THE NATIONAL COALITION is not prepared to raise fuel taxes in order to compensate for the roughly 950 million in lost tax revenue caused by the abolition of the car tax – a proposal it made in its newly published climate and environment policy programme.
The car tax is collected upon the first registration of a motor vehicle in Finland.
Kai Mykkänen (NCP), the Minister of the Interior, confirmed to Uusi Suomi on Thursday that the party is supportive of abolishing the car tax and shifting the focus of road traffic taxes on emissions by 2030. He pointed out, however, that even if the tax rates remained at their current level, revenues from the taxes would be “very different” in 2030, as cars would produce less emissions and consume considerably less fuel.
The Finnish government estimates in its budget for this year that the car tax will generate revenues of 959 million euros, the motor vehicle tax revenues of 1,182 million euros and the diesel and petrol tax revenues of 2,637 million euros, adding up to a total of over 4.7 billion euros. Mykkänen admitted that it would be difficult to allow this sum to decrease substantially.“In that sense this is all just a bit of shadow boxing,” he phrased.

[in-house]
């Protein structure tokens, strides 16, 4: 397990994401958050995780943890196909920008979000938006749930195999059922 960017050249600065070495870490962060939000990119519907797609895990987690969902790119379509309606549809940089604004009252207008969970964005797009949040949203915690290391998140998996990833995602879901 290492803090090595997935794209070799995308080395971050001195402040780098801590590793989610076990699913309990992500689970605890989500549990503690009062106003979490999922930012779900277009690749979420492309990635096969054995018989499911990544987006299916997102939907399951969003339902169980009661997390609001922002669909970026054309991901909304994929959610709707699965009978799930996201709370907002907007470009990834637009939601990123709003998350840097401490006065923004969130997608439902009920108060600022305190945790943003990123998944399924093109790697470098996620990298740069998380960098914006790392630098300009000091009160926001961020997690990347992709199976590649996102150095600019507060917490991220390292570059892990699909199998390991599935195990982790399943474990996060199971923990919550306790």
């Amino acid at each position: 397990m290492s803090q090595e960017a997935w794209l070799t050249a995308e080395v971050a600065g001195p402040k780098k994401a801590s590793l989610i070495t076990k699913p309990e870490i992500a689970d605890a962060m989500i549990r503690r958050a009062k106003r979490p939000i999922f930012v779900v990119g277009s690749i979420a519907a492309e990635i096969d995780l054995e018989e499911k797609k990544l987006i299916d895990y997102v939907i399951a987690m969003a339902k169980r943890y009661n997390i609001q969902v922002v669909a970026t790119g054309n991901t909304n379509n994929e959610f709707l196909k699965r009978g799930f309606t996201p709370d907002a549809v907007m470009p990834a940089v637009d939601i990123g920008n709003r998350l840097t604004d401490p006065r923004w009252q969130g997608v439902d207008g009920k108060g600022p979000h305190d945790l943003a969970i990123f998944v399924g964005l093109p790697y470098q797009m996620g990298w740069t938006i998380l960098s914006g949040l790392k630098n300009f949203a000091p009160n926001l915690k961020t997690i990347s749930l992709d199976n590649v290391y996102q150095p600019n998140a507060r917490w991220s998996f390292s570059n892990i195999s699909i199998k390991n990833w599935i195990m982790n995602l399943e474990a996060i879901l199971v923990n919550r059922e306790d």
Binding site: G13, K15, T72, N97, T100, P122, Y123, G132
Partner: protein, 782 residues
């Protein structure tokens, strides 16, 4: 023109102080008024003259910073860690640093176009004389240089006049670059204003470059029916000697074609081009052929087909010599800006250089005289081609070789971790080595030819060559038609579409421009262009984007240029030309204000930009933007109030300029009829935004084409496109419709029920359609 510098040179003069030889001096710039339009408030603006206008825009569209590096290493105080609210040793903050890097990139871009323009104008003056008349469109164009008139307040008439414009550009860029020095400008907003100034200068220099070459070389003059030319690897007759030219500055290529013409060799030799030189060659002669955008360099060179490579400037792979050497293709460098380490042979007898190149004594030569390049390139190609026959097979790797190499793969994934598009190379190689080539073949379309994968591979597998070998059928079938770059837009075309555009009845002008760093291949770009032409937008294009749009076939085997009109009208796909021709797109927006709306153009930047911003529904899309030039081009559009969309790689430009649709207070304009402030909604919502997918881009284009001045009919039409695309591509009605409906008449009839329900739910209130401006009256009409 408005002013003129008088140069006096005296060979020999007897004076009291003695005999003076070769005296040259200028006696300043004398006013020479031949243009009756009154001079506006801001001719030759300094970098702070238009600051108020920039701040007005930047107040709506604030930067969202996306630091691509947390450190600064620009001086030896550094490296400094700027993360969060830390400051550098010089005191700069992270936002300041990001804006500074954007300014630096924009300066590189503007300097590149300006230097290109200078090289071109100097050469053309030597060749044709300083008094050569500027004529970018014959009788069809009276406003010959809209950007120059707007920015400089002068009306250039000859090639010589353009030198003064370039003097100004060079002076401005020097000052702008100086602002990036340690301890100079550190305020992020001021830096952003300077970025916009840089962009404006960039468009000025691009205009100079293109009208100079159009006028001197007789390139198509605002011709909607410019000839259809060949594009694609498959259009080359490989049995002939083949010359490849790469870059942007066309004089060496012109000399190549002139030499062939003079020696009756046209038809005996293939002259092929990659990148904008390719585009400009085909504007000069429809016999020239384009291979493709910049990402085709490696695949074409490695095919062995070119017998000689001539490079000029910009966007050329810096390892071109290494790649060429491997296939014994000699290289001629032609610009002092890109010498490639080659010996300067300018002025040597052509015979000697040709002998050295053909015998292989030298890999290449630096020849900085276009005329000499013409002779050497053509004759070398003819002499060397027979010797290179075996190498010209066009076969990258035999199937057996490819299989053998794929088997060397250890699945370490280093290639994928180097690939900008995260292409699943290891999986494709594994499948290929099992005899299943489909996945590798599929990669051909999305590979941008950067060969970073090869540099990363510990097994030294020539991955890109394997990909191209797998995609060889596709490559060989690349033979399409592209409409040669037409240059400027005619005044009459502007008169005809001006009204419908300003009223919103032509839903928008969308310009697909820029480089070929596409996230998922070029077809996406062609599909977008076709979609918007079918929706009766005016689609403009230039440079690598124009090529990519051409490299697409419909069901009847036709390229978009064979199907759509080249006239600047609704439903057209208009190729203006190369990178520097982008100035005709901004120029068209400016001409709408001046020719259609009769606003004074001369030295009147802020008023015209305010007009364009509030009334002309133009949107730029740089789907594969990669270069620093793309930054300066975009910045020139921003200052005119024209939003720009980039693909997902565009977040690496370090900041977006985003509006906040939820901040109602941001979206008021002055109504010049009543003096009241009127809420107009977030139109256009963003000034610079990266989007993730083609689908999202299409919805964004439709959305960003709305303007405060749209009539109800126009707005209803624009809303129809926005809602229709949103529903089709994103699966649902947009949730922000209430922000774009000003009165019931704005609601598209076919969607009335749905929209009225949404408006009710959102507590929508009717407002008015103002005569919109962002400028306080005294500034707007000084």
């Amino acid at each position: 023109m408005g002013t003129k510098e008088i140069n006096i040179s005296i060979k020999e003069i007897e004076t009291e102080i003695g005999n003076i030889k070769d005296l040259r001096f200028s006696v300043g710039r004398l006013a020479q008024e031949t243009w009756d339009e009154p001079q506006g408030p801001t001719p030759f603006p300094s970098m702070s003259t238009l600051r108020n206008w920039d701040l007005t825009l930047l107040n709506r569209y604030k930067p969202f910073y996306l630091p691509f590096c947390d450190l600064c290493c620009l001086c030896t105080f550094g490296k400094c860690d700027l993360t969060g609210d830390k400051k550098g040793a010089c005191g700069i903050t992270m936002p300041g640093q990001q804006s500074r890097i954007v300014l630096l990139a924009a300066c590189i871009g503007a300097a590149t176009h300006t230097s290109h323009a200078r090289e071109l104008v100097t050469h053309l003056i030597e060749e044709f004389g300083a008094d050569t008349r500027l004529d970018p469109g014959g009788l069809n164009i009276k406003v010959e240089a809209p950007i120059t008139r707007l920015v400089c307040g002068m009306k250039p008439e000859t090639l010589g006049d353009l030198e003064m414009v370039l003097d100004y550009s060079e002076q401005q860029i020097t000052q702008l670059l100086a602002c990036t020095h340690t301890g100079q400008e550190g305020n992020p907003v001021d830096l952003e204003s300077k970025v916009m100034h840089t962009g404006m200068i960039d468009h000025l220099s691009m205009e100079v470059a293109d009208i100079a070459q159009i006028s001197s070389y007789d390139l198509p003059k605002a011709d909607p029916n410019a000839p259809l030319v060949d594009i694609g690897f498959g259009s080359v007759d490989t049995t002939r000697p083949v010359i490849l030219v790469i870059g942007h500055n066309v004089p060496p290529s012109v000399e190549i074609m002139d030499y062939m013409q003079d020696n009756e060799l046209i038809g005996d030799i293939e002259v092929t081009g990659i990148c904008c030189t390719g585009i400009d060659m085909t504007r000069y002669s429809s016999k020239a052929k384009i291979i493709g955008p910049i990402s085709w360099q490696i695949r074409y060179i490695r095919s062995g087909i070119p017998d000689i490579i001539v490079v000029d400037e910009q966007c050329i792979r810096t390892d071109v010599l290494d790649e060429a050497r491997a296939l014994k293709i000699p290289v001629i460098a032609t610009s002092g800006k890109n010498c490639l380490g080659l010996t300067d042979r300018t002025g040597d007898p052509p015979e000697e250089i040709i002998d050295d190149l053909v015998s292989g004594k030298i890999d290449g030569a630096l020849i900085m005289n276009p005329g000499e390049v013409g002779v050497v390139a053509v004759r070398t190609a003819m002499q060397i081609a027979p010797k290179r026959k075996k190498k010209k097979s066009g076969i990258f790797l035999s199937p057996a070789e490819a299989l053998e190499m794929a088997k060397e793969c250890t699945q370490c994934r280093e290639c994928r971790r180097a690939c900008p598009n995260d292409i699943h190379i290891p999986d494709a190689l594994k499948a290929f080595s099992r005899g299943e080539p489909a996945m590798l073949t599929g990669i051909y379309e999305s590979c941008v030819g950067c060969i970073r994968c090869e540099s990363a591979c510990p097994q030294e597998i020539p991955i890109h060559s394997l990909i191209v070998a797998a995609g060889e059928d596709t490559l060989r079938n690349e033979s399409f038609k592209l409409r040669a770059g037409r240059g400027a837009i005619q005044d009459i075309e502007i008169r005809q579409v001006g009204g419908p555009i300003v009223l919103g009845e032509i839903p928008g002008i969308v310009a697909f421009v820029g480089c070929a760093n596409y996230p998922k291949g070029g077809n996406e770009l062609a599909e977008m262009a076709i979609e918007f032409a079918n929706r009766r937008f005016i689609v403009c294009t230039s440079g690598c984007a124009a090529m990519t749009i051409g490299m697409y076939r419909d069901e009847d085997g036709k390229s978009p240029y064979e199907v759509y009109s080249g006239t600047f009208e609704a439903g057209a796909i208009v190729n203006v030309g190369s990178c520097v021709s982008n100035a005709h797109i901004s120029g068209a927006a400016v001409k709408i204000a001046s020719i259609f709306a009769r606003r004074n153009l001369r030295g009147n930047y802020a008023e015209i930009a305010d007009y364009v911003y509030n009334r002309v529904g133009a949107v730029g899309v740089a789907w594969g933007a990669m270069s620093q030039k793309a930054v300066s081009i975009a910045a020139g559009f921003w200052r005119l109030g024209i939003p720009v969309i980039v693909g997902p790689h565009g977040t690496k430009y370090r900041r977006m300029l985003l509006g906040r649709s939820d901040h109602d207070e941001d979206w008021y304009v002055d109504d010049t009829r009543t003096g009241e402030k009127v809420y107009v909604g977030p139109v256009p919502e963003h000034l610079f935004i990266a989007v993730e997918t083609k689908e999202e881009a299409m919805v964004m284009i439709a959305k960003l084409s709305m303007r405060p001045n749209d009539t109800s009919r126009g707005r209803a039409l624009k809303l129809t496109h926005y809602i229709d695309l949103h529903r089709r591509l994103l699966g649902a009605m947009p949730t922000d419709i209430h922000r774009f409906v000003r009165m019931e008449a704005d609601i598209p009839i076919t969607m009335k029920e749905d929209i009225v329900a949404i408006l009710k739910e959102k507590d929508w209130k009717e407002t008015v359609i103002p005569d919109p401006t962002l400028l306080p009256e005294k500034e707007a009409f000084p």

“We’re talking about an important, several billion-euro part of the government budget. The National Coalition’s main goal is to reduce taxes on labour and entrepreneurship. We have to collect taxes from somewhere,” he said.
“But the plan is not to collect more taxes from motorists than right now,” he added.
Mykkänen, who was in charge of drafting the climate and environment policy programme, also stressed that the objectives laid out in the programme have not been scrutinised in terms of their impact on state coffers but simply outline the tax policy direction of the National Coalition.
“The direction we’re heading in in practice is cutting the car tax especially for cars with lower-than-average emissions and raising the fuel and motor vehicle tax with an emphasis on the carbon dioxide component. Maybe in the future we can introduce taxes related to mobility and congestions, but all of this is still up in the air and we won’t measure these kinds of objectives,” he said.
He did, however, float the possibility of lowering the car tax already during the next electoral term, as a first step towards abolishing the tax completely by 2030.
“Since we’ve lowered the car tax and raised the fuel tax slightly this electoral term, that’ll be the direction we’ll try and stick to. We’re making it possible for people to get lower-emission cars for less money – not to mention from Finland,” told Mykkänen.
Aleksi Teivainen – HT
Source : Helsinki Times